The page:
## Using Multicultural Dimensions to Teach Astronomy

Nalini Chandra & John Percy, University of Toronto

Activity 3: Measuring the Position of the Sun in the Sky

Purpose: To give students the opportunity to measure the position of the Sun in the sky using simple tools and methods.

Note: For safety reasons you may choose to use this exercise to have students measure the position of the Moon in the sky.

Materials: a hand (preferably, your own)

Procedure:

a) Read the Inuit example above to students.

b) Define horizon as the line along which the sky and land appear to meet.

c) Choose one part of the horizon to observe. Try to choose one with landmarks, to give students a common reference point.

d) Have them stretch out their arm and make a vertical fist (with the thumb on top), while looking directly at the horizon. (Their outstretched arm should be perpendicular to the horizon, and the imaginary lines, one running along their arm and one running from their neck to the top of their head, should make a 90 degree angle).

e) This discussion provides a good opportunity to review geometry terminology, since the bottom of the fist on the horizon to the top of the fist makes an angle of ten degrees.

f) Have students count how many fists they can fit between the horizon and the bottom of the Sun's disk.

When deciding when to make further observations, you should discuss the importance of keeping variables constant. For instance, the time of the day and the place from which they measure the angle and position of the Sun should be the same.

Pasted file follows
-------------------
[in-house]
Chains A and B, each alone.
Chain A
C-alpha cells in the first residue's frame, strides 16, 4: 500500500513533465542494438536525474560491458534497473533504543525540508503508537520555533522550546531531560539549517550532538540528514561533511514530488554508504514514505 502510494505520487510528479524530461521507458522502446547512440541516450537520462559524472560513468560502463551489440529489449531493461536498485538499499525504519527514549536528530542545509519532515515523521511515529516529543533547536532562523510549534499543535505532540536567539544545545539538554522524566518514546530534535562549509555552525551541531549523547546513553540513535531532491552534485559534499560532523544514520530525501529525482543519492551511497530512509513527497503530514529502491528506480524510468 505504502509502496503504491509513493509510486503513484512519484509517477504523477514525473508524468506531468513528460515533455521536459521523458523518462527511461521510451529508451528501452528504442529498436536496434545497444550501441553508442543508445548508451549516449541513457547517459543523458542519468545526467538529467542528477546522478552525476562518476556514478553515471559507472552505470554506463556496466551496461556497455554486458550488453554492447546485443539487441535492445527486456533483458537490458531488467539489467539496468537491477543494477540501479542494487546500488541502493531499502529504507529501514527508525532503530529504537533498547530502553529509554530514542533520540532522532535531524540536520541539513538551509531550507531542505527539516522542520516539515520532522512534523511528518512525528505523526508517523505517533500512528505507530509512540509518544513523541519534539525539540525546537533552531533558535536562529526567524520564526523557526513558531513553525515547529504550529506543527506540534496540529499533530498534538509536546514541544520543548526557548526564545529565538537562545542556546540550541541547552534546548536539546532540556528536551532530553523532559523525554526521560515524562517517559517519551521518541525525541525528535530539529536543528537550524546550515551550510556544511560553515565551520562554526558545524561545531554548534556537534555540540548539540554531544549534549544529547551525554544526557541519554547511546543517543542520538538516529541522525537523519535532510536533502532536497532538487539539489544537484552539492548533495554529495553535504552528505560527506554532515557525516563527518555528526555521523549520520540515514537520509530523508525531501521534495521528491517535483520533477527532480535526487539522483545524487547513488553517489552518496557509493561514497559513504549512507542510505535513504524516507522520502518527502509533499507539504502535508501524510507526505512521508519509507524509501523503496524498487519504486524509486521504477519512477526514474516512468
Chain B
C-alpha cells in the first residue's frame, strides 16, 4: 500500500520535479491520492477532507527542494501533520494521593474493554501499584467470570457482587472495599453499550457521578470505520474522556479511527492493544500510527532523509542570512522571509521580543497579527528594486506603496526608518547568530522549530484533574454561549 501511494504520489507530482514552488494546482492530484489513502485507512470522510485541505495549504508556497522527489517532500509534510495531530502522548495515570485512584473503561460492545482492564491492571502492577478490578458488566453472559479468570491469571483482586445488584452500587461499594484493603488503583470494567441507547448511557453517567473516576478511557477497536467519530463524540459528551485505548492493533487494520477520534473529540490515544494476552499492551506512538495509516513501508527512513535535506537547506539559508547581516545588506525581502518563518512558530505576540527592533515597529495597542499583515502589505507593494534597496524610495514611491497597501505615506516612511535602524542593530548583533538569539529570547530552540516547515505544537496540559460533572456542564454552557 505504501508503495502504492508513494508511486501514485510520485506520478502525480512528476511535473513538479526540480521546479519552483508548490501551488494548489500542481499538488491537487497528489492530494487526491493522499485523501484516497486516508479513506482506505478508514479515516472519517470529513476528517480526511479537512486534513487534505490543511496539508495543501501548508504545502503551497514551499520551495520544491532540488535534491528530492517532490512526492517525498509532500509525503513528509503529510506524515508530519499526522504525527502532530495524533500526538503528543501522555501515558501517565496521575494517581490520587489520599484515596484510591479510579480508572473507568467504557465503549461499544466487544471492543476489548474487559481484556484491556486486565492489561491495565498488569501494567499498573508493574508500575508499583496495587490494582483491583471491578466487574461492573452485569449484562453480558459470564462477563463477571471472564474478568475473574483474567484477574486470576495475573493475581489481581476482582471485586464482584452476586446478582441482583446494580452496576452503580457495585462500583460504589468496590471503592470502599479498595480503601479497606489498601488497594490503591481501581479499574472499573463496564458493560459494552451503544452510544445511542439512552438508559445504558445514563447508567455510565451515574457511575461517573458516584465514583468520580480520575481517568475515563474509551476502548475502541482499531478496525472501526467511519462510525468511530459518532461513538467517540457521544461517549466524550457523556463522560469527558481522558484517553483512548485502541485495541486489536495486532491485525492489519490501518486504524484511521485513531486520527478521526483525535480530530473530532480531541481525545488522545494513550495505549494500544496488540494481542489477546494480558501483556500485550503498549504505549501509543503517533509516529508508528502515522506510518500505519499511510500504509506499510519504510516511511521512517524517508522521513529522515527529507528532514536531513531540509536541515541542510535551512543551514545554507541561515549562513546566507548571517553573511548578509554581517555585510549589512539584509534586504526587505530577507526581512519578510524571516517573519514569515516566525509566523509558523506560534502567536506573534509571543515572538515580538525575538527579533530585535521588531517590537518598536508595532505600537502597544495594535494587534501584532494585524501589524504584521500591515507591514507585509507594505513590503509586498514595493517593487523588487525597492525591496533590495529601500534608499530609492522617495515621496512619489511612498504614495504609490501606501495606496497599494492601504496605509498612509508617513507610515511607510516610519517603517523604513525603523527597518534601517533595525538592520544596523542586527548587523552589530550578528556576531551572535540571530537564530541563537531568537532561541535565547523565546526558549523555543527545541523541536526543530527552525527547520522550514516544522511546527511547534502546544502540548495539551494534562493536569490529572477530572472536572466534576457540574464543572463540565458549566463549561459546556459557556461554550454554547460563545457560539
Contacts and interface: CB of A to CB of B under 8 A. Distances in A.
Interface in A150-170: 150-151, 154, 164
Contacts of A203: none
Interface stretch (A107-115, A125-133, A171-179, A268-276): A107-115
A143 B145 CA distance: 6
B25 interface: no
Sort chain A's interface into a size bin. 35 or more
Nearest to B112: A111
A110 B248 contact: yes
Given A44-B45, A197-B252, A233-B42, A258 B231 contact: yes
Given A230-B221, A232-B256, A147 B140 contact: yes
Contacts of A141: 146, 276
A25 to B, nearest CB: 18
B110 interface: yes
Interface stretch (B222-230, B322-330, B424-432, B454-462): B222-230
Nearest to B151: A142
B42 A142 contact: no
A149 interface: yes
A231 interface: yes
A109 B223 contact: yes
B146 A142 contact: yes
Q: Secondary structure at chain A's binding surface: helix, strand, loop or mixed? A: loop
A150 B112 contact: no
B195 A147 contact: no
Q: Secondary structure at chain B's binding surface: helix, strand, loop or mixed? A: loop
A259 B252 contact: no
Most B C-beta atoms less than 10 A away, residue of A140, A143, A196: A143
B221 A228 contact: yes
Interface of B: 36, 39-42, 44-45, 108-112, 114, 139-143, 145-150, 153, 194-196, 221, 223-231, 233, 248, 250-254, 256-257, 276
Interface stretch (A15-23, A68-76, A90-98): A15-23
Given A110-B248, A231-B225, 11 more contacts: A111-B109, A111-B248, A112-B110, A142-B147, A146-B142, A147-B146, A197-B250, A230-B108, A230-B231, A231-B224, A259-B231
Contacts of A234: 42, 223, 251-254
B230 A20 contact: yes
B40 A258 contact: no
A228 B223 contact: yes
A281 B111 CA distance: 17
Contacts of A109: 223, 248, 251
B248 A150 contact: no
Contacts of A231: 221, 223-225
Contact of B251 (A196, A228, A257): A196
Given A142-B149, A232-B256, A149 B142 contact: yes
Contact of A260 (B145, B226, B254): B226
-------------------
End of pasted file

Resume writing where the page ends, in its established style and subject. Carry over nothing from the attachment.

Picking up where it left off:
Alternatively, you may have students devise their own methods of relative measurement and apply them to measuring the position of the Sun in the sky.

Observing the Changing Position of the Sun To Establish a Seasonal Calendar in the Southern Hemisphere

The following example illustrates the reversal of the seasons in the southern hemisphere compared to the northern hemisphere. Considering that children have deep misconceptions about the Sun's motion in the sky, this story requires some discussion about how the Earth's rotation is the cause of the apparent motion of the Sun.

The New Zealand Maori display their understanding and observations of the connection between the solstices, the seasons and the position of the Sun in the sky in the following story. They say that "during the year the Sun roams from Rangi's head to his toes and back again. Rangi is the sky, and when the Sun is near Rangi's head it is summer in New Zealand. The Maori also say that the Sun is spending time with the Hine-raumati, the Summer Maid. He leaves her in December, around the time of the Summer solstice to go and live with Hine-takurua who is the Winter Maid. The Sun enjoys the company of Hine-takura until the June solstice, when it's time for him to head back to the land. There the Summer Maid is cultivating crops and preparing the game of the forest for the summer hunt. There are two things that should be highlighted for students in this story. First, the position of the Sun changes from high to low in the summer and winter respectively. Second, children should note that the months of summer and winter in New Zealand are opposite to those of the Northern Hemisphere. In the northern hemisphere the summer months are in June to August in the southern hemisphere the summer months are December to February.

Activity 4: The Sun and the Seasons at Different Latitudes

Purpose: To understand the difference between seasons and the position of the Sun in the northern and southern hemispheres.

Procedure:

1. Read the Maori story to students.
2. If time is available, have students observe the position of the Sun in the sky over the course of the seasons. If time is limited, they may observe the changing position of the Sun on planetarium software. This would also allow them to compare position differences in different hemispheres as well.
3. Have students rewrite the Maori story to apply to the observation of the Sun and the seasons in the Northern Hemisphere.